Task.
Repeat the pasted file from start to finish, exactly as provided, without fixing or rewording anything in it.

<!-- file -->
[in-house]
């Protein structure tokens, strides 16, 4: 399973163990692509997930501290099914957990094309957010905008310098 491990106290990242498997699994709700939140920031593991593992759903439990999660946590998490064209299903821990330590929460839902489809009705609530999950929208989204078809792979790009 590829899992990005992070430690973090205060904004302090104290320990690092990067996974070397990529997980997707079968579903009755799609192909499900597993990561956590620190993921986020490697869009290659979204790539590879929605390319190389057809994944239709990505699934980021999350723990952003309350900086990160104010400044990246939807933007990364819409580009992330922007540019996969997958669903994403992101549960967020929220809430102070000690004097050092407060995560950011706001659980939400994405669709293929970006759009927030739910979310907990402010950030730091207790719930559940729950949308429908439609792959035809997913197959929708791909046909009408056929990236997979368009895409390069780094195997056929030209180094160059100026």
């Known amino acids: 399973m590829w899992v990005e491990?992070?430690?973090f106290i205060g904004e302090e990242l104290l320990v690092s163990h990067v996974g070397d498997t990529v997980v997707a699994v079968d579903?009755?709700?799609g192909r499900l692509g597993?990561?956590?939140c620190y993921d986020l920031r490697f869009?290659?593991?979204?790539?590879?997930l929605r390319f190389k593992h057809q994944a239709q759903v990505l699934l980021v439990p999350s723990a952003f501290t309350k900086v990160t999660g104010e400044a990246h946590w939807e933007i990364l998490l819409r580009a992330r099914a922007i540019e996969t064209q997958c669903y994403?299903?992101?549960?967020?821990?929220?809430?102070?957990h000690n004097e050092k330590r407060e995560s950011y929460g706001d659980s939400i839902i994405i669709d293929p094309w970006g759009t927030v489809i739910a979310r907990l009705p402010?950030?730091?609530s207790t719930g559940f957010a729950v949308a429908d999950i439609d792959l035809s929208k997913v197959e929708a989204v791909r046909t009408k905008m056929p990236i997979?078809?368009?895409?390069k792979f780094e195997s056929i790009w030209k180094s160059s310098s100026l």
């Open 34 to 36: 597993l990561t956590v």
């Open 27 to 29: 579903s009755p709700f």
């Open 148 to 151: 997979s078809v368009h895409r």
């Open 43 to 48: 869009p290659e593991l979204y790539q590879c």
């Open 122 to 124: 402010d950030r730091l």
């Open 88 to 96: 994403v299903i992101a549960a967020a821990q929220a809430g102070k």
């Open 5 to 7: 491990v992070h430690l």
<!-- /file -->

[in-house]
């Protein structure tokens, strides 16, 4: 399973163990692509997930501290099914957990094309957010905008310098 491990106290990242498997699994709700939140920031593991593992759903439990999660946590998490064209299903821990330590929460839902489809009705609530999950929208989204078809792979790009 590829899992990005992070430690973090205060904004302090104290320990690092990067996974070397990529997980997707079968579903009755799609192909499900597993990561956590620190993921986020490697869009290659979204790539590879929605390319190389057809994944239709990505699934980021999350723990952003309350900086990160104010400044990246939807933007990364819409580009992330922007540019996969997958669903994403992101549960967020929220809430102070000690004097050092407060995560950011706001659980939400994405669709293929970006759009927030739910979310907990402010950030730091207790719930559940729950949308429908439609792959035809997913197959929708791909046909009408056929990236997979368009895409390069780094195997056929030209180094160059100026």
């Known amino acids: 399973m590829w899992v990005e491990?992070?430690?973090f106290i205060g904004e302090e990242l104290l320990v690092s163990h990067v996974g070397d498997t990529v997980v997707a699994v079968d579903?009755?709700?799609g192909r499900l692509g597993?990561?956590?939140c620190y993921d986020l920031r490697f869009?290659?593991?979204?790539?590879?997930l929605r390319f190389k593992h057809q994944a239709q759903v990505l699934l980021v439990p999350s723990a952003f501290t309350k900086v990160t999660g104010e400044a990246h946590w939807e933007i990364l998490l819409r580009a992330r099914a922007i540019e996969t064209q997958c669903y994403?299903?992101?549960?967020?821990?929220?809430?102070?957990h000690n004097e050092k330590r407060e995560s950011y929460g706001d659980s939400i839902i994405i669709d293929p094309w970006g759009t927030v489809i739910a979310r907990l009705p402010?950030?730091?609530s207790t719930g559940f957010a729950v949308a429908d999950i439609d792959l035809s929208k997913v197959e929708a989204v791909r046909t009408k905008m056929p990236i997979?078809?368009?895409?390069k792979f780094e195997s056929i790009w030209k180094s160059s310098s100026l």
């Open 34 to 36: 597993l990561t956590v």
């Open 27 to 29: 579903s009755p709700f």
């Open 148 to 151: 997979s078809v368009h895409r």
């Open 43 to 48: 869009p290659e593991l979204y790539q590879c």
């Open 122 to 124: 402010d950030r730091l």
């Open 88 to 96: 994403v299903i992101a549960a967020a821990q929220a809430g102070k």
């Open 5 to 7: 491990v992070h430690l």